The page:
Discrete years' performance (%), to previous quarter-end:








Liontrust Asia Income I Inc






IA Asia Pacific Ex Japan













Key Risks

Past performance is not a guide to future performance. Do remember that the value of an investment and the income generated from them can fall as well as rise and is not guaranteed, therefore, you may not get back the amount originally invested and potentially risk total loss of capital. The issue of units/shares in Liontrust Funds may be subject to an initial charge, which will have an impact on the realisable value of the investment, particularly in the short term. Investments should always be considered as long term.

Investment in Funds managed by the Asia team involves foreign currencies and may be subject to fluctuations in value due to movements in exchange rates. The Fund’s expenses are charged to capital. This has the effect of increasing dividends while constraining capital appreciation.  The Fund invests primarily in Asian companies, which may be less liquid than companies in more developed markets.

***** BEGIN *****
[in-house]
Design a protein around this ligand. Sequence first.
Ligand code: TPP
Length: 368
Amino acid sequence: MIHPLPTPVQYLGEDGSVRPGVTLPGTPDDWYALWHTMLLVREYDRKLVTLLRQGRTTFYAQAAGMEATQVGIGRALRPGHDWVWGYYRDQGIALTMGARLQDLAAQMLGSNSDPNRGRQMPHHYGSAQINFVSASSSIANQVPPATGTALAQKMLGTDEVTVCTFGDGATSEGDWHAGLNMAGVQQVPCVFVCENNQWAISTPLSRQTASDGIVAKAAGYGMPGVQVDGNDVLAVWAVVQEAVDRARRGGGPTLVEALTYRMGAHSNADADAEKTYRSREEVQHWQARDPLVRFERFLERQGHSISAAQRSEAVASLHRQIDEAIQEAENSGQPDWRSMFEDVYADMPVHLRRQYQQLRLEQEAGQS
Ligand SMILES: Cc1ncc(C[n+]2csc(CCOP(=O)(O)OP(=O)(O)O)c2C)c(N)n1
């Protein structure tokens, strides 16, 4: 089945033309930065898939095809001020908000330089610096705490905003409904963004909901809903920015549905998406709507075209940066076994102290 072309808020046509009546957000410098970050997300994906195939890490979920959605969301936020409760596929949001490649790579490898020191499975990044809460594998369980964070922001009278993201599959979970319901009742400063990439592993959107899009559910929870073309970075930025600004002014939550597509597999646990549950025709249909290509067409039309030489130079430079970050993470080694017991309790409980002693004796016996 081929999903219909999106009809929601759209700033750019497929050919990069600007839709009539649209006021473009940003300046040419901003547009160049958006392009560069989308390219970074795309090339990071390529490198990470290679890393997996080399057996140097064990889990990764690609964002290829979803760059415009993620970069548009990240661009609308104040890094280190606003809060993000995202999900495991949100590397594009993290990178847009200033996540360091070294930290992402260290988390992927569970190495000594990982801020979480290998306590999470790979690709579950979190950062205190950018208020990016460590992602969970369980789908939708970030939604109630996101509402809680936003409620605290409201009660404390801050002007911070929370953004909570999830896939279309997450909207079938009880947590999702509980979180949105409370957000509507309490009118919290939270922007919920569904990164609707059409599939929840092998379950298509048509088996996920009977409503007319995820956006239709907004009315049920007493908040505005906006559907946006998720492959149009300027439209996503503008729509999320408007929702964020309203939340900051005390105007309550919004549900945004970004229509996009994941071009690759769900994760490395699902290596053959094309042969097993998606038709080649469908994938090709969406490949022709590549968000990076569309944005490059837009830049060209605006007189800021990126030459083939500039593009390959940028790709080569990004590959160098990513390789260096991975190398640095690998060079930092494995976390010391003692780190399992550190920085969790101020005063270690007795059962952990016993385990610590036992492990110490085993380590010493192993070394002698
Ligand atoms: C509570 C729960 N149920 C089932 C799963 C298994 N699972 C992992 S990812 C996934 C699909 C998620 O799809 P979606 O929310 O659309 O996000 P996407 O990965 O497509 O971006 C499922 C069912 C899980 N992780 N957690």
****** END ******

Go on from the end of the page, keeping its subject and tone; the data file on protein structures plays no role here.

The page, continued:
This content should not be construed as advice for investment in any product or security mentioned, an offer to buy or sell units/shares of Funds mentioned, or a solicitation to purchase securities in any company or investment product. Examples of stocks are provided for general information only to demonstrate our investment philosophy.  It contains information and analysis that is believed to be accurate at the time of publication, but is subject to change without notice. Whilst care has been taken in compiling the content of this document, no representation or warranty, express or implied, is made by Liontrust as to its accuracy or completeness, including for external sources (which may have been used) which have not been verified. It should not be copied, faxed, reproduced, divulged or distributed, in whole or in part, without the express written consent of Liontrust. Always research your own investments and (if you are not a professional or a financial adviser) consult suitability with a regulated financial adviser before investing.

Thursday, January 25, 2018, 3:11 PM